What does the future hold for justice reform?

Predicting how the new administration under President Trump will view criminal and juvenile justice reform is risky, but concerns about a return to a “law and order” perspective are legitimate.  Based on comments President Trump made during the campaign, his continued refusal to accept the proven wrongful conviction of the Central Park Five, and noting who is at the table with him may signal a move away from what has been a growing bipartisan consensus that the “tough on crime” policies that have led to mass incarceration and outrageous racial disparities was a flawed, inefficient, and ineffective approach.  As state and local governments have moved towards school discipline reform, alternatives to incarceration, and restorative justice, juvenile and adult arrest rates have continued to fall.

Yet, there is evidence that President Trump leans toward the failed policies of yesteryear.  President Trump campaigned on “law and order,” in different ways, even in his inauguration speech in proclaiming that we need to stop the “American carnage” and that “crime and the gangs and the drugs have stolen too many lives and robbed our country of so much unrealized potential.”  To be sure, there are some troubling signs in some cases, but the rhetoric also failed to take note of decreasing crime rates every single year since 1994.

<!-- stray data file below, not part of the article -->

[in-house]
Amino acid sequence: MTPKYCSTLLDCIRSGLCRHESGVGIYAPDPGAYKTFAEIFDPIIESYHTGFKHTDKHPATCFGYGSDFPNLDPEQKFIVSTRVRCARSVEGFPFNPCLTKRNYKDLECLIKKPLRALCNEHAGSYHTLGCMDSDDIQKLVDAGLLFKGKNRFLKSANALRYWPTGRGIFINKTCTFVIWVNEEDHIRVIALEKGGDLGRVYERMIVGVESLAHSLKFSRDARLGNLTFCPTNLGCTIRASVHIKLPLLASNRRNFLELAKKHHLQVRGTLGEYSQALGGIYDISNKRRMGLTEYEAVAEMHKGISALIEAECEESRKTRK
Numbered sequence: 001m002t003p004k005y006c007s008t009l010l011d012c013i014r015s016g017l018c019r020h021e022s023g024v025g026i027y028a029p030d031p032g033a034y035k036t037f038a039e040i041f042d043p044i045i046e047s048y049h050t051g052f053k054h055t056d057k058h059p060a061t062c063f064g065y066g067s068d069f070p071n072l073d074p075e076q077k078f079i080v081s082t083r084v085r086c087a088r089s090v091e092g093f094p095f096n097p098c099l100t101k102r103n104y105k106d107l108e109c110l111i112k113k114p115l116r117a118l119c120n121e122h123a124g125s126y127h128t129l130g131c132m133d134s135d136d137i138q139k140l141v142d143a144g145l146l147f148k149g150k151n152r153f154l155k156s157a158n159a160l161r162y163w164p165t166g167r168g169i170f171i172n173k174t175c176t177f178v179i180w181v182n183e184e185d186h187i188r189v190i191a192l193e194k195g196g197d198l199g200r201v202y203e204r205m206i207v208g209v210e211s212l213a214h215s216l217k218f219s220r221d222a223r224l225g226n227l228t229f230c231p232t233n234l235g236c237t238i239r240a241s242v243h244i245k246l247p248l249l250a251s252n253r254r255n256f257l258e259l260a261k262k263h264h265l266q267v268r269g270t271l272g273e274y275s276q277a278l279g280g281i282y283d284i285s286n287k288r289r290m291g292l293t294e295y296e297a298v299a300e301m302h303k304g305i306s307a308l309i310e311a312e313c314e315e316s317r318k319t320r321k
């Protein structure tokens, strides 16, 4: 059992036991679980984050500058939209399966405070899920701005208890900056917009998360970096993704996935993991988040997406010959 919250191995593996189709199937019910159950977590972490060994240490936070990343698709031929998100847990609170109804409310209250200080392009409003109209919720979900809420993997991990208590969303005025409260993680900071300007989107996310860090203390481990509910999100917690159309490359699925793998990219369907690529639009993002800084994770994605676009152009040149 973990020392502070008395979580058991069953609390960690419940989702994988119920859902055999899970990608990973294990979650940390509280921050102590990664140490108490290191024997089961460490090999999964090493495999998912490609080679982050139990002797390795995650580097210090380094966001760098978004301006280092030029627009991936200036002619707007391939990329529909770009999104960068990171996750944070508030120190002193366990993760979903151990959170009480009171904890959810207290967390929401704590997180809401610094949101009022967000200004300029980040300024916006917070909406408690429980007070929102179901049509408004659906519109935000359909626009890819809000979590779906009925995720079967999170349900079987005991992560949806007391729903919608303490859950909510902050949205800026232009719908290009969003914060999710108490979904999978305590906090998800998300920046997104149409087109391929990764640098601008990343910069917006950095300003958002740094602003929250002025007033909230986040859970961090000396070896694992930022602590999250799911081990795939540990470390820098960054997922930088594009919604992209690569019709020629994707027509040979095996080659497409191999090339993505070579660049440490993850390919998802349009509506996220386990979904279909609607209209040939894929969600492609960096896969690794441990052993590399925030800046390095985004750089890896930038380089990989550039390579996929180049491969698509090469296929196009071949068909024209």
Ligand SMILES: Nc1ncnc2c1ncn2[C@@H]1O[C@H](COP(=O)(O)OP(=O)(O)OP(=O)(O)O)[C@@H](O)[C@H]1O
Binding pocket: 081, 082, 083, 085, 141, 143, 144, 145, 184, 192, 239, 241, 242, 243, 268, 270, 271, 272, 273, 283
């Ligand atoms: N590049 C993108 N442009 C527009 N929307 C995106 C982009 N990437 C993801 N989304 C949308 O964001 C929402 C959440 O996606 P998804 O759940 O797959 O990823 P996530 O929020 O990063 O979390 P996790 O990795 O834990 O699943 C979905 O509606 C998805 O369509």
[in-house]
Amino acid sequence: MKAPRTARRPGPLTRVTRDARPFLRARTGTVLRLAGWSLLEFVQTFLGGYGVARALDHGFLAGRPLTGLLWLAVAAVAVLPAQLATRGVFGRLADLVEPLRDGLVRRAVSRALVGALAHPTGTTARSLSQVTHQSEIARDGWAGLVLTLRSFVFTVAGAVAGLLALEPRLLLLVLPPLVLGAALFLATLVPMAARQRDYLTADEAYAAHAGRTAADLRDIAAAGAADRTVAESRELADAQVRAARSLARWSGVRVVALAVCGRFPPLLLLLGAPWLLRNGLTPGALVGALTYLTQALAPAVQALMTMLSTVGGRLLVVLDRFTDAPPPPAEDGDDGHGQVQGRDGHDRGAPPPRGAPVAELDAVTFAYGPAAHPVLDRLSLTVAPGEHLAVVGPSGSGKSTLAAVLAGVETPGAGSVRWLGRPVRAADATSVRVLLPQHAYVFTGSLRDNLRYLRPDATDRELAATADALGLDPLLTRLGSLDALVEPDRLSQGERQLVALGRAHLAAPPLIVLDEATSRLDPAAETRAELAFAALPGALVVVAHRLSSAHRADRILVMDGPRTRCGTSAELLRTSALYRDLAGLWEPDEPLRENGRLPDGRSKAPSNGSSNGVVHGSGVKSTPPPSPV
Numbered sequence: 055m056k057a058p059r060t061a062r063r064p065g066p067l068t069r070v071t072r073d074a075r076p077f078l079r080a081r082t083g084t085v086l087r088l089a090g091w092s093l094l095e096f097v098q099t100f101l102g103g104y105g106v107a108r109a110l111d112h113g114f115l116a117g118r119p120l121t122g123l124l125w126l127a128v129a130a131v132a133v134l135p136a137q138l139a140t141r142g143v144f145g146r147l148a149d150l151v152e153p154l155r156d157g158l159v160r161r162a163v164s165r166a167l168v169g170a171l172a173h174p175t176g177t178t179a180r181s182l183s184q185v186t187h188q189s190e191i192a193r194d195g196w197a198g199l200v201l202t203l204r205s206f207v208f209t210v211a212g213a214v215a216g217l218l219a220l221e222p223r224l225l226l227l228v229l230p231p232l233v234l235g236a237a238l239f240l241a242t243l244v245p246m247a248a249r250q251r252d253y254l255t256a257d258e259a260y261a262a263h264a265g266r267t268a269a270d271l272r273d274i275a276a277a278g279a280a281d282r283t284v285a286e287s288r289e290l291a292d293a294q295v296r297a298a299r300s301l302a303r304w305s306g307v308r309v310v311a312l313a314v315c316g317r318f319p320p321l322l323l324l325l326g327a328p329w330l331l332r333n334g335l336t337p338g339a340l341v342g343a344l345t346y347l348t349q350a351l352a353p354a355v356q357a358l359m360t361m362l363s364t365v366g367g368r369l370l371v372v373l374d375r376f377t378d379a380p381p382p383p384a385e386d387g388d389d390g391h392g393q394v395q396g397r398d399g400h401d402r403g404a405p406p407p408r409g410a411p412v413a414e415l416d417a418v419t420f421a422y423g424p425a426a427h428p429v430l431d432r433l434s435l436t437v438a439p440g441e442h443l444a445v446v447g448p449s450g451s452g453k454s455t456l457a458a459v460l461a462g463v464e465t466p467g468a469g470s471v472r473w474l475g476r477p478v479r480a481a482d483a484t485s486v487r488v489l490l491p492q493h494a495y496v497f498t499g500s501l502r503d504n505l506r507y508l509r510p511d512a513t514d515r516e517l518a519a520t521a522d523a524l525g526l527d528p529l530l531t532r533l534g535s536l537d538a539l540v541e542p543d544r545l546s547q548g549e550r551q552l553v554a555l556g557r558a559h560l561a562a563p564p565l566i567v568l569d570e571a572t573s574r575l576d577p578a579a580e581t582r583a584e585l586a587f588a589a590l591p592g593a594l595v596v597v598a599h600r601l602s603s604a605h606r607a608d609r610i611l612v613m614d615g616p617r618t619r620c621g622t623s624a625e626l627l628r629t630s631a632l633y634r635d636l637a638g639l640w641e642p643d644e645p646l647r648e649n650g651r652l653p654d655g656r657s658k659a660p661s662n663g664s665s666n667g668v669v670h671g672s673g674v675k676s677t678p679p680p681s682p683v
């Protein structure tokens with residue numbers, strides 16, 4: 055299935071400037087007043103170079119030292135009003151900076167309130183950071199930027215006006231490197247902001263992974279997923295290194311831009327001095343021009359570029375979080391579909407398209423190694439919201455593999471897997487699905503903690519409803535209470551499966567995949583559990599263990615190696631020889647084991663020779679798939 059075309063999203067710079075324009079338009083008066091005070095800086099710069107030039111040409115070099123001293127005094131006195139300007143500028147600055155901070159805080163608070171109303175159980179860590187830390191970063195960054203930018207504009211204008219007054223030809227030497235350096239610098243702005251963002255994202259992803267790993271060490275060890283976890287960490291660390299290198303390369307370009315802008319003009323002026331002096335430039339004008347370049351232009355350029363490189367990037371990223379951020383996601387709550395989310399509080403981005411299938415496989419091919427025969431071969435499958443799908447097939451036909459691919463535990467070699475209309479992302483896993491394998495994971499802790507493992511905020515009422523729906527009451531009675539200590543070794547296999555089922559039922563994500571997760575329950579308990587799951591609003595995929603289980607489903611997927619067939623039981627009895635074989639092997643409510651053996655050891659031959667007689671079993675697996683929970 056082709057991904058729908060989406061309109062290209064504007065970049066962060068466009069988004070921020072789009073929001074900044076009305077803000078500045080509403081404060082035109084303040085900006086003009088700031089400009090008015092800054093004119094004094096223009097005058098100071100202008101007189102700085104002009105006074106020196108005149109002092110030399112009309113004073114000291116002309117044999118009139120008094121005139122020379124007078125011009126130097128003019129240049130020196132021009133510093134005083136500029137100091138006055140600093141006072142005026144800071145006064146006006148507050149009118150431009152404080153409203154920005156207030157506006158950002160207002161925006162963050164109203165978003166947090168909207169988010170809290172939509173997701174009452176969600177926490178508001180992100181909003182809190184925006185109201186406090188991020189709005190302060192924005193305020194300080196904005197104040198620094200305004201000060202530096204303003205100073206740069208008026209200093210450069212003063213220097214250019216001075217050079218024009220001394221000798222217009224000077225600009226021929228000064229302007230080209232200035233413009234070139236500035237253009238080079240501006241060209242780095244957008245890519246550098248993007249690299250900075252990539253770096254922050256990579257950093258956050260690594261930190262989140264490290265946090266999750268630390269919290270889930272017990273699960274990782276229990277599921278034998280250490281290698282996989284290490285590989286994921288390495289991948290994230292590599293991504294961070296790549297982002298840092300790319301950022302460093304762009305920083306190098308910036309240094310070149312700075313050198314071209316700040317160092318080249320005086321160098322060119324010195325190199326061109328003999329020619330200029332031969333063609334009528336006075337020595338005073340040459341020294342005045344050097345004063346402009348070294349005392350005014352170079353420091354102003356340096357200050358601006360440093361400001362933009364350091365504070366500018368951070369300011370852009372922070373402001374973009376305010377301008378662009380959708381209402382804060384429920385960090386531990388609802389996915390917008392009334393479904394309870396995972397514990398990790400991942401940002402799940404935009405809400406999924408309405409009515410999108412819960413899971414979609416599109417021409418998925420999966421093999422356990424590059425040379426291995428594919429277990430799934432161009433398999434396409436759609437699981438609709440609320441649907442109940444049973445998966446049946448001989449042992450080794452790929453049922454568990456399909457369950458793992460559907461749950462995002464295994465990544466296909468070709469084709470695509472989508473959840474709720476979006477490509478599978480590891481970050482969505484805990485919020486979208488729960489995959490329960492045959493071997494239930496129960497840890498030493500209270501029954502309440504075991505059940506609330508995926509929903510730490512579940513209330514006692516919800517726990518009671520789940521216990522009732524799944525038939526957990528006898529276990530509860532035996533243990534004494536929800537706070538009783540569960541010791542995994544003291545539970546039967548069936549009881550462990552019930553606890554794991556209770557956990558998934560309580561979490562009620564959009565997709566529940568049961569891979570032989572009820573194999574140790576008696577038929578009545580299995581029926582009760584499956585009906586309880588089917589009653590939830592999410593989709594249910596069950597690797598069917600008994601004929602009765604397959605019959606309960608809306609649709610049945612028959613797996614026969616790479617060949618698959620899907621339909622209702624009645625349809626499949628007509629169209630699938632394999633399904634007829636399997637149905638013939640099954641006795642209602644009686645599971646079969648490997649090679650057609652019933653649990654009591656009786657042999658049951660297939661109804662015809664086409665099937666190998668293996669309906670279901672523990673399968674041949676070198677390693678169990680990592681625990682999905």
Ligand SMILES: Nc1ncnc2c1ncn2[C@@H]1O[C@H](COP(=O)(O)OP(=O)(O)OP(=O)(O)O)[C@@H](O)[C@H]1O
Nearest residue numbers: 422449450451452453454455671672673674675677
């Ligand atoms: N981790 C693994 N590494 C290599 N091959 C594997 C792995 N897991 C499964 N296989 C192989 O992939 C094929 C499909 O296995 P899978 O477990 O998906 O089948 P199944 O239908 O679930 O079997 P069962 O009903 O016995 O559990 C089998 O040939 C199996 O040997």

For justice reform advocates, waiting to see what might happen could be too late. 

So, the Center for Law and Social Policy, CLASP, released a report subtitled, “Realizing Youth Justice: Guiding Principles for Advocates in the Trump Era.”  In it they argue that now is the time for an Investment Framework to double down on criminal and juvenile justice reform and commit to four key principles: (1) Equity – to ensure we do not reinforce or expand existing disparities; (2) Recognizing youth as assets and make sure their voices are heard –   to stop the dehumanization of all youth but particularly youth of color (recall how quickly the term “superpredators” became the code word for minority delinquents back in the late 1980’s and into the 90’s; (3) Ensure that solutions are data-informed and community-driven; and (4) Ensure approaches are culturally relevant and developmentally appropriate – to ensure real partnership with youth that are underrepresented in policy decisions and overrepresented in negative criminal outcomes.

For advocates and juvenile justice professionals who know what works with youth and how strengthening families and communities – not short-sighted get tough approaches – is the key to both public safety and economic success, this is the right time to celebrate successes and make our voices heard when the “tough on crime” advocates grab the spotlight.